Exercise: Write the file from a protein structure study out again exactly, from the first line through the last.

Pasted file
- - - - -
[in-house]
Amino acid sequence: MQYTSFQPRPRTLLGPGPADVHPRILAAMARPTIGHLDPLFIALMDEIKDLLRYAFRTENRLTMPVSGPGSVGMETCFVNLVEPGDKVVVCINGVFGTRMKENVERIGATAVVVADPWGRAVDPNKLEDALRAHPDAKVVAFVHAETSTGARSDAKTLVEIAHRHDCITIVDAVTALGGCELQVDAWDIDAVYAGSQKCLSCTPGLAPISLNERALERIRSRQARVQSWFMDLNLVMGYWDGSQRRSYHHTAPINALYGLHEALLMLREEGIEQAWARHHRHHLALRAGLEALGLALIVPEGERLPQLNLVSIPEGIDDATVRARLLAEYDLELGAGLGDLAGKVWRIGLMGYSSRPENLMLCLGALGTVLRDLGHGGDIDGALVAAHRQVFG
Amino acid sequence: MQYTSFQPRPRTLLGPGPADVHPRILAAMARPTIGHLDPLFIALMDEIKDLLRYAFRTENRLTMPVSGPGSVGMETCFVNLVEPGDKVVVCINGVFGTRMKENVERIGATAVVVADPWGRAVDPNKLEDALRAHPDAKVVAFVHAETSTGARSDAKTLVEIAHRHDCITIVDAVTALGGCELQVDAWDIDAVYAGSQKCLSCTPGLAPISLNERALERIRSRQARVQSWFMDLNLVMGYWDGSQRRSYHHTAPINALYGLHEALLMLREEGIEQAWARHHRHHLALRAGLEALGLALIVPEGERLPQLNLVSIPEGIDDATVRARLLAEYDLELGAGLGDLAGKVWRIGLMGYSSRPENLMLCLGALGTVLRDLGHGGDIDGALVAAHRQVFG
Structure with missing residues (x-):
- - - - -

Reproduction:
[in-house]
Amino acid sequence: MQYTSFQPRPRTLLGPGPADVHPRILAAMARPTIGHLDPLFIALMDEIKDLLRYAFRTENRLTMPVSGPGSVGMETCFVNLVEPGDKVVVCINGVFGTRMKENVERIGATAVVVADPWGRAVDPNKLEDALRAHPDAKVVAFVHAETSTGARSDAKTLVEIAHRHDCITIVDAVTALGGCELQVDAWDIDAVYAGSQKCLSCTPGLAPISLNERALERIRSRQARVQSWFMDLNLVMGYWDGSQRRSYHHTAPINALYGLHEALLMLREEGIEQAWARHHRHHLALRAGLEALGLALIVPEGERLPQLNLVSIPEGIDDATVRARLLAEYDLELGAGLGDLAGKVWRIGLMGYSSRPENLMLCLGALGTVLRDLGHGGDIDGALVAAHRQVFG
Amino acid sequence: MQYTSFQPRPRTLLGPGPADVHPRILAAMARPTIGHLDPLFIALMDEIKDLLRYAFRTENRLTMPVSGPGSVGMETCFVNLVEPGDKVVVCINGVFGTRMKENVERIGATAVVVADPWGRAVDPNKLEDALRAHPDAKVVAFVHAETSTGARSDAKTLVEIAHRHDCITIVDAVTALGGCELQVDAWDIDAVYAGSQKCLSCTPGLAPISLNERALERIRSRQARVQSWFMDLNLVMGYWDGSQRRSYHHTAPINALYGLHEALLMLREEGIEQAWARHHRHHLALRAGLEALGLALIVPEGERLPQLNLVSIPEGIDDATVRARLLAEYDLELGAGLGDLAGKVWRIGLMGYSSRPENLMLCLGALGTVLRDLGHGGDIDGALVAAHRQVFG
Structure with missing residues (x-):